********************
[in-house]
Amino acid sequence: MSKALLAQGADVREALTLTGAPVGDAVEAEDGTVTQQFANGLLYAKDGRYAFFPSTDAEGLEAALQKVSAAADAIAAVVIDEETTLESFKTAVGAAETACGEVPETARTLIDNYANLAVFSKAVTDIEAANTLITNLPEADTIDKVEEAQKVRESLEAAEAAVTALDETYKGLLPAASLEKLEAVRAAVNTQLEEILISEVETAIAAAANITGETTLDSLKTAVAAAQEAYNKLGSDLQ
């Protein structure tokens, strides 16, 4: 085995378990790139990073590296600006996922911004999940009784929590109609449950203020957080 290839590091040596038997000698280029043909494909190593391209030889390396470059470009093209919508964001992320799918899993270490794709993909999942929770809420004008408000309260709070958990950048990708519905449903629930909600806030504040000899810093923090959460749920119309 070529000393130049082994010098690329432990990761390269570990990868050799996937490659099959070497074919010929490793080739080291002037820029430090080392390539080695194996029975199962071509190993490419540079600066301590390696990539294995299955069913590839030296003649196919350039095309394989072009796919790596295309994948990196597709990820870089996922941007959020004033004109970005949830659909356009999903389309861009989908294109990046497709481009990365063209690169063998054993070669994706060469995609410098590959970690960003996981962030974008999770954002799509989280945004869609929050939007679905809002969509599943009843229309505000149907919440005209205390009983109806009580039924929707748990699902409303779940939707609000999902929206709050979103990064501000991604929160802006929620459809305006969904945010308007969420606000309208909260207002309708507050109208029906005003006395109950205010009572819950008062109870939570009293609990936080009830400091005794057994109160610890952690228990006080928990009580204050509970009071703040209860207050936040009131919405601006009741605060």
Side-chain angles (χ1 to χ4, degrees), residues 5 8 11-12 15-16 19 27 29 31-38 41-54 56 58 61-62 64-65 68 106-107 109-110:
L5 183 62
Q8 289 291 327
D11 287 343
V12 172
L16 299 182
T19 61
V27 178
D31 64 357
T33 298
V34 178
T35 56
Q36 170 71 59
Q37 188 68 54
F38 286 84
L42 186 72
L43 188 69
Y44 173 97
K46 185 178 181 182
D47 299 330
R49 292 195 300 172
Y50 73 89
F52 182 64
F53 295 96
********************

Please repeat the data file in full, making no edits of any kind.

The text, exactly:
[in-house]
Amino acid sequence: MSKALLAQGADVREALTLTGAPVGDAVEAEDGTVTQQFANGLLYAKDGRYAFFPSTDAEGLEAALQKVSAAADAIAAVVIDEETTLESFKTAVGAAETACGEVPETARTLIDNYANLAVFSKAVTDIEAANTLITNLPEADTIDKVEEAQKVRESLEAAEAAVTALDETYKGLLPAASLEKLEAVRAAVNTQLEEILISEVETAIAAAANITGETTLDSLKTAVAAAQEAYNKLGSDLQ
């Protein structure tokens, strides 16, 4: 085995378990790139990073590296600006996922911004999940009784929590109609449950203020957080 290839590091040596038997000698280029043909494909190593391209030889390396470059470009093209919508964001992320799918899993270490794709993909999942929770809420004008408000309260709070958990950048990708519905449903629930909600806030504040000899810093923090959460749920119309 070529000393130049082994010098690329432990990761390269570990990868050799996937490659099959070497074919010929490793080739080291002037820029430090080392390539080695194996029975199962071509190993490419540079600066301590390696990539294995299955069913590839030296003649196919350039095309394989072009796919790596295309994948990196597709990820870089996922941007959020004033004109970005949830659909356009999903389309861009989908294109990046497709481009990365063209690169063998054993070669994706060469995609410098590959970690960003996981962030974008999770954002799509989280945004869609929050939007679905809002969509599943009843229309505000149907919440005209205390009983109806009580039924929707748990699902409303779940939707609000999902929206709050979103990064501000991604929160802006929620459809305006969904945010308007969420606000309208909260207002309708507050109208029906005003006395109950205010009572819950008062109870939570009293609990936080009830400091005794057994109160610890952690228990006080928990009580204050509970009071703040209860207050936040009131919405601006009741605060």
Side-chain angles (χ1 to χ4, degrees), residues 5 8 11-12 15-16 19 27 29 31-38 41-54 56 58 61-62 64-65 68 106-107 109-110:
L5 183 62
Q8 289 291 327
D11 287 343
V12 172
L16 299 182
T19 61
V27 178
D31 64 357
T33 298
V34 178
T35 56
Q36 170 71 59
Q37 188 68 54
F38 286 84
L42 186 72
L43 188 69
Y44 173 97
K46 185 178 181 182
D47 299 330
R49 292 195 300 172
Y50 73 89
F52 182 64
F53 295 96